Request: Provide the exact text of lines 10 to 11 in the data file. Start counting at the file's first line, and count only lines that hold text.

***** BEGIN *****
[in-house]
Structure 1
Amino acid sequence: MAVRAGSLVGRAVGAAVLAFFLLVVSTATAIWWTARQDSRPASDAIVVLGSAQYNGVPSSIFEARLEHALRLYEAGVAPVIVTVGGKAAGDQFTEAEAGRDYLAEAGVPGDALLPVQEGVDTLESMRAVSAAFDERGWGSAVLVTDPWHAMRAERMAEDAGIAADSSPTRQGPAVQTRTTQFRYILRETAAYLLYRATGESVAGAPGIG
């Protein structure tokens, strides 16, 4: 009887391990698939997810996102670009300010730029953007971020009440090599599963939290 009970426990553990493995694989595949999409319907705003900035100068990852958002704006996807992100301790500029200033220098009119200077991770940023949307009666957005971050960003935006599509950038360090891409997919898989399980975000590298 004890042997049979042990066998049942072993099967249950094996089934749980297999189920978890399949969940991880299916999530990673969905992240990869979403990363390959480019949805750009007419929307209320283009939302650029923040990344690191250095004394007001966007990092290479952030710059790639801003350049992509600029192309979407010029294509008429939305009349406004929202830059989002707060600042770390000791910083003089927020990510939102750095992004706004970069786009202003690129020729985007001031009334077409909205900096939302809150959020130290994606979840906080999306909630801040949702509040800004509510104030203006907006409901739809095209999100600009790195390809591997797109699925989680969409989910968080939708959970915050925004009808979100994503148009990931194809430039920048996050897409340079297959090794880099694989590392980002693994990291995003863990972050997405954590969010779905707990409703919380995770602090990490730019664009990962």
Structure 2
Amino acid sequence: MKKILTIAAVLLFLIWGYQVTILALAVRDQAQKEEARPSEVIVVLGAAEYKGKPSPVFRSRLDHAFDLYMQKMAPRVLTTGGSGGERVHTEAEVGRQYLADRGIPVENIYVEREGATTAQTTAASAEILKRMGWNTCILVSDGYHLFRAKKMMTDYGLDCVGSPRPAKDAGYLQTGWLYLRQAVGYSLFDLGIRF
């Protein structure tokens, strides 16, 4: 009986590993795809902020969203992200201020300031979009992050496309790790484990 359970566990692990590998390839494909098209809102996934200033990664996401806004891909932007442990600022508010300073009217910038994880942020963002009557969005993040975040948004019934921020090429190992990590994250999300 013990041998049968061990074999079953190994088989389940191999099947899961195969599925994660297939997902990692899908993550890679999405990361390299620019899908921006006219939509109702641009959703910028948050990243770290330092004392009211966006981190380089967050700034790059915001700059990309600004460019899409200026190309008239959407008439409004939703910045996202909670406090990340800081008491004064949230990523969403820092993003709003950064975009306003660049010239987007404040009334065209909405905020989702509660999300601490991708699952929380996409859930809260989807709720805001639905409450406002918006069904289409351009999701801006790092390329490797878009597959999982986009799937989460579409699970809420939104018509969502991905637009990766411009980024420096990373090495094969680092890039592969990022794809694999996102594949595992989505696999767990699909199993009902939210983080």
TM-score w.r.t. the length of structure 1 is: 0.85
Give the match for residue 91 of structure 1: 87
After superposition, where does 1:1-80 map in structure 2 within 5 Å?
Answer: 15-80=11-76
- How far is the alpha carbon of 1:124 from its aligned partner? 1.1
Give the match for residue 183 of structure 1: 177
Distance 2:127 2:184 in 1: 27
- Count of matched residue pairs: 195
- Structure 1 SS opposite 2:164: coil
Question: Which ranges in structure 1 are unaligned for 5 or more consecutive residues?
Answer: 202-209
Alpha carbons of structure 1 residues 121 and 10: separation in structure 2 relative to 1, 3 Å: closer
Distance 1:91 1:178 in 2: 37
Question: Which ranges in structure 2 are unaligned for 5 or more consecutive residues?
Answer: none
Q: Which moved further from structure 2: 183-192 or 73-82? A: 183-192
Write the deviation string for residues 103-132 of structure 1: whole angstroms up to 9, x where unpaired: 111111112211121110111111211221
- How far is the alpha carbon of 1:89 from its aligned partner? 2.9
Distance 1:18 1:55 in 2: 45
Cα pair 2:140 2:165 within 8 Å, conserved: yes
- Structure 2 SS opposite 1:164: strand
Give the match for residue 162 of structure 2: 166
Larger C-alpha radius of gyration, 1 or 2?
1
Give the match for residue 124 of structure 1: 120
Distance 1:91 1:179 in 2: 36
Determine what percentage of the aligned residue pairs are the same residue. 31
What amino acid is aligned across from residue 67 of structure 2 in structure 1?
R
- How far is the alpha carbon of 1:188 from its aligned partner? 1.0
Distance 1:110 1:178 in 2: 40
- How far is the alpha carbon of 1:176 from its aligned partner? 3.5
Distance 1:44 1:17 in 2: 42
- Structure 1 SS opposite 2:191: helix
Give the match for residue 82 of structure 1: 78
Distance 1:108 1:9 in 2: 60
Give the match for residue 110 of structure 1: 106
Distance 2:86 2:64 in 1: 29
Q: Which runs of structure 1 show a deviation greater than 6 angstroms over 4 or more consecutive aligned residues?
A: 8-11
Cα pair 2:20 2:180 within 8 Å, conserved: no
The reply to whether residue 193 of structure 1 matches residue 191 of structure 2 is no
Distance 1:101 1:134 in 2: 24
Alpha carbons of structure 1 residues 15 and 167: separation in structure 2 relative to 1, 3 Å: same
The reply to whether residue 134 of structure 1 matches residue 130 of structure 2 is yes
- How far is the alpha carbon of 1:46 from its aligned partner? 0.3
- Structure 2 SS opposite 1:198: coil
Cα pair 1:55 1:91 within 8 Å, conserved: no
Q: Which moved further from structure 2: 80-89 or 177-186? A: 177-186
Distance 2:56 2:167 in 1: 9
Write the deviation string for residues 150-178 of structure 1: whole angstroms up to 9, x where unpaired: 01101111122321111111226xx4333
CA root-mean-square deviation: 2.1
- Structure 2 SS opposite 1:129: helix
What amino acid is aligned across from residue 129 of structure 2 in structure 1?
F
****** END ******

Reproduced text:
After superposition, where does 1:1-80 map in structure 2 within 5 Å?
Answer: 15-80=11-76